Lola's chefs bring the aromas and flavors of creole cuisine to their casual brick-walled space in the heart of downtown. Menus scrawled on chalkboards feature dinner plates such as barbecue shrimp and grits, creole-style chicken breast, traditional jambalaya, and spanakopita-stuffed portobello mushroom. On Saturdays, the kitchen opens for a brunch characterized by inventive takes on traditional dishes such as biscuits and crayfish gravy, savory creole bread pudding, and chicken and waffles with maple butter. The eclectic drink menu features cocktails blended from champagne, flavored vodka, and bourbon, as well as refreshing or hearty craft beers and flights of cognac. On some nights, Lola welcomes DJs and bands onto a small stage set in front of framed posters of famous musicians, which start glowing if they approve of the performers.
Wasabi snares sushi seekers with more than 80 varieties of nigiri, maki, hand rolls, and gunkwan sushi. Begin your chopsticking with the Batman roll, which swoops in to save languishing taste buds with a savory combination of eel, avocado, and street justice ($9). Nighttime noshers can complement the sushi with one of the dinner menu’s mouth-friendly features, such as grilled salmon ($17), whereas day fuelers can avail themselves of the lunch menu’s bento offerings, including the four-part teriyaki beef bento ($9.50).
The idea that you can only get good Cajun food in Louisiana has been challenged. The chefs at J. Gumbo's craft classic creole and Cajun dishes, balancing heat and spice with skill. Homestyle gumbo begins with a deep brown roux and, like viewing The Big Easy both forward and backward, takes about four hours to complete. Crawfish ?touff?e teems with the plump shellfish while jambalaya is made creole style with shredded chicken and sausage. Chefs pile these into bowls atop a bed of rice, and diners who can't decide can opt for two or even three options in one bowl.
The eatery itself is intimate and casual. On the walls hang New Orleans?inspired art, such as a crawfish wearing a chef hat and Mardi Gras masks and beads. Diners are also welcome to scrawl their names in between the art, and they often write messages commemorating their visit or love letters to the chef written in French.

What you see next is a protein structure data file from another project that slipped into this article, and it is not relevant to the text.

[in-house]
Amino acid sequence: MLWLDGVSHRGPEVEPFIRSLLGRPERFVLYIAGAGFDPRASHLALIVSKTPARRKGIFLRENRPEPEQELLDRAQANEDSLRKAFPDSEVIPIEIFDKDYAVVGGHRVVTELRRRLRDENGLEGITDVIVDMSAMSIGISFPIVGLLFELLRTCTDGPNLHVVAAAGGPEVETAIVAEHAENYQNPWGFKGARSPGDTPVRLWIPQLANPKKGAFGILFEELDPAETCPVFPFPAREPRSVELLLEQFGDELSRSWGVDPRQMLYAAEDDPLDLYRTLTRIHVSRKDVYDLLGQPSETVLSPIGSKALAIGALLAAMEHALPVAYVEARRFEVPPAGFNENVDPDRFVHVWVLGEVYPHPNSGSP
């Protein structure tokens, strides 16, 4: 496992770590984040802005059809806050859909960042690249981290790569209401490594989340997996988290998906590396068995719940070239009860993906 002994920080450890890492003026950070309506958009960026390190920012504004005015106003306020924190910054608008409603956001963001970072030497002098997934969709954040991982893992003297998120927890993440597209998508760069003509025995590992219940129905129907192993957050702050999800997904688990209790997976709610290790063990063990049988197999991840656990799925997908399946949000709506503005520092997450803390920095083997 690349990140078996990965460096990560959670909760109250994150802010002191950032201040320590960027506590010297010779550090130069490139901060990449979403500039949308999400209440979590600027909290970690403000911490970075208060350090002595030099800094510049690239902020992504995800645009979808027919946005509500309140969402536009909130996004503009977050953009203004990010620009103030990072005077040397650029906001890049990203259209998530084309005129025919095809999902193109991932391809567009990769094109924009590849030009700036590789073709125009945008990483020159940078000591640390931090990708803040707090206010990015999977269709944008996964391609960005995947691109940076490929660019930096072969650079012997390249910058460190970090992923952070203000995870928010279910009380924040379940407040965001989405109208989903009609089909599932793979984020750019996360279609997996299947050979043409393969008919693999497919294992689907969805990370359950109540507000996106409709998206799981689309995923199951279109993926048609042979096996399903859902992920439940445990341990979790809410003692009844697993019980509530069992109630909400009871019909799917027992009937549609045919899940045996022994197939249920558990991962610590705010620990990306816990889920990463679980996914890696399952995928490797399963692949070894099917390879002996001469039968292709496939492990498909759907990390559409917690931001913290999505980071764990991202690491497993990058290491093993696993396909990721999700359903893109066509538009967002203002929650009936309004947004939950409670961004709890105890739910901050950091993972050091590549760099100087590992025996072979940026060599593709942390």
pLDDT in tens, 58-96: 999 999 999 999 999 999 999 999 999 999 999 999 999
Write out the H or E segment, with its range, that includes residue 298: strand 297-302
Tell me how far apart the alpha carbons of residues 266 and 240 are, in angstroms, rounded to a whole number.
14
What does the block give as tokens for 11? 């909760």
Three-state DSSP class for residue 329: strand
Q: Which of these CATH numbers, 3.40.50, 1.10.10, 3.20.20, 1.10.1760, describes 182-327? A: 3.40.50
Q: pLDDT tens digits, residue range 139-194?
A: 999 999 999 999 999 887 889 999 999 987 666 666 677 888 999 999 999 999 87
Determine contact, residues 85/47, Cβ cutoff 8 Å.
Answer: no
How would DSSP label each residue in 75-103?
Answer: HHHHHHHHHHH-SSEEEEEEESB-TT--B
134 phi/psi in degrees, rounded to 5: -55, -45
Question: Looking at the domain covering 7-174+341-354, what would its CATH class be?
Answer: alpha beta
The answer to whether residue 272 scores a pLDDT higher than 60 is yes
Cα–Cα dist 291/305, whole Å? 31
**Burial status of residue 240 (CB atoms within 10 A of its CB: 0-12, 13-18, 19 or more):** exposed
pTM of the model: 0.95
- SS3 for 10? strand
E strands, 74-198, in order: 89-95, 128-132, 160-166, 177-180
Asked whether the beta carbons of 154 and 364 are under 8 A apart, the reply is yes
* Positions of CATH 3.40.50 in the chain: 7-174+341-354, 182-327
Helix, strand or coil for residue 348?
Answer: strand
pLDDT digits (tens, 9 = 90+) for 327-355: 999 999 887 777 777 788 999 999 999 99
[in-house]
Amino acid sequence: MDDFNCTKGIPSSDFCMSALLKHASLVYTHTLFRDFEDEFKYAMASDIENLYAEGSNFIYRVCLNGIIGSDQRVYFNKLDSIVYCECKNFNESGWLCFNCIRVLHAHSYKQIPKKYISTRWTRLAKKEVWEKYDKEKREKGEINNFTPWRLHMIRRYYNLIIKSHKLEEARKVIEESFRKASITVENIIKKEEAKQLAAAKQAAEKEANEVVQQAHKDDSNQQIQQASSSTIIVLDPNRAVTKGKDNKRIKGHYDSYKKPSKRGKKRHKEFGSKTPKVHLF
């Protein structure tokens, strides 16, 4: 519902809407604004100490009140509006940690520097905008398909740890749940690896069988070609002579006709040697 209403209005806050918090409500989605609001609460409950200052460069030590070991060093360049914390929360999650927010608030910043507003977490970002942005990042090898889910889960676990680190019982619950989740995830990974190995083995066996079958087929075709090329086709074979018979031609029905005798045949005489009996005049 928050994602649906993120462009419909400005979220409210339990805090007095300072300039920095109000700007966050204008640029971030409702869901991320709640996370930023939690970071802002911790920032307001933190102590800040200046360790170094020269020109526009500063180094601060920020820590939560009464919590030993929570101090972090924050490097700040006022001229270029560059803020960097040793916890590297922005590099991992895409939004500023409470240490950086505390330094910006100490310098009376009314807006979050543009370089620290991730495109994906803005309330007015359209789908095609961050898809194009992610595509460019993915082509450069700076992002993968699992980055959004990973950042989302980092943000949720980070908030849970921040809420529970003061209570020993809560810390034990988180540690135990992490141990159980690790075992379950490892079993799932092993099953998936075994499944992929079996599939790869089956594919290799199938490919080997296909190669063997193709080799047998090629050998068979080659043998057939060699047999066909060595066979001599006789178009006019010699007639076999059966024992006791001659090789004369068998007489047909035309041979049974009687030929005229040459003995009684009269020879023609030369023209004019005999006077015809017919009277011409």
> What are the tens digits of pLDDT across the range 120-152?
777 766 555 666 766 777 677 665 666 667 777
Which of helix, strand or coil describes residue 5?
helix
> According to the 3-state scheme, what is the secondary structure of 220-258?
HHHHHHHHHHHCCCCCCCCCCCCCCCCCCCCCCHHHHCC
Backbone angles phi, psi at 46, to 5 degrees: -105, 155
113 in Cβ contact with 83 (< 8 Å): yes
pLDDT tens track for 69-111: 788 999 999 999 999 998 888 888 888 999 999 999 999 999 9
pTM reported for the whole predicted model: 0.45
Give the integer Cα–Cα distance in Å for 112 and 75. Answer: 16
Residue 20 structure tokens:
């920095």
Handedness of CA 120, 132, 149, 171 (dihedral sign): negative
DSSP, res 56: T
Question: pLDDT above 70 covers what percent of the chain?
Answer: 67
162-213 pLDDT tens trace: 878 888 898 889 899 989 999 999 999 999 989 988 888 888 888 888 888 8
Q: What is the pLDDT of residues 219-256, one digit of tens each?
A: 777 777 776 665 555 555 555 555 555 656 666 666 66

Flannery's Irish Pub re-creates the convivial, neighborly atmosphere of an Irish public house in downtown Saint Louis, with Guinness flowing freely and plates of burgers and fish and chips quelling hunger pangs. Guests watch sports on 16 high-definition TV screens, singing karaoke on Tuesday nights, or hop aboard Flannery's free shuttle to grab seats at the stadium on game days.
All eyes on the stage. The opponents face each other. Lights highlight the tension in their clenched jaws. With a rolling of shoulders and cracking of knuckles, the duel begins. Fingers dance up and down piano keys as notes crash into each other, backdropped by the cheers of the crowd. The fevered scene is filled with skill, sweat, and determination, but it?s all in good fun, and just another night at Lucky's Dueling Piano Bar. Each night, professional piano players from around the country take on the challenge on baby grand pianos. People can use ziplines that travel from the audience to the stage to send written song requests and tips to the musicians. And while the show is underway, guests relax around tables as servers deliver pizzas, wraps, sliders, and libations aplenty.
Every Thursday through Saturday night, two pro piano players sit down at Jive and Wail's two baby grand pianos and proceed to bang out Top 40 hits from a plethora of eras, including time that has not yet come to pass, though these future-songs cannot be heard by present-day ears. Audience participation is not only encouraged but demanded by the dueling pianists—who are not above threatening their audience with atonal jazz if no song requests are forthcoming. Once you've made your request, the bar's high-tech sound system makes sure you won't miss it while refreshing your tipple at the full-service bar.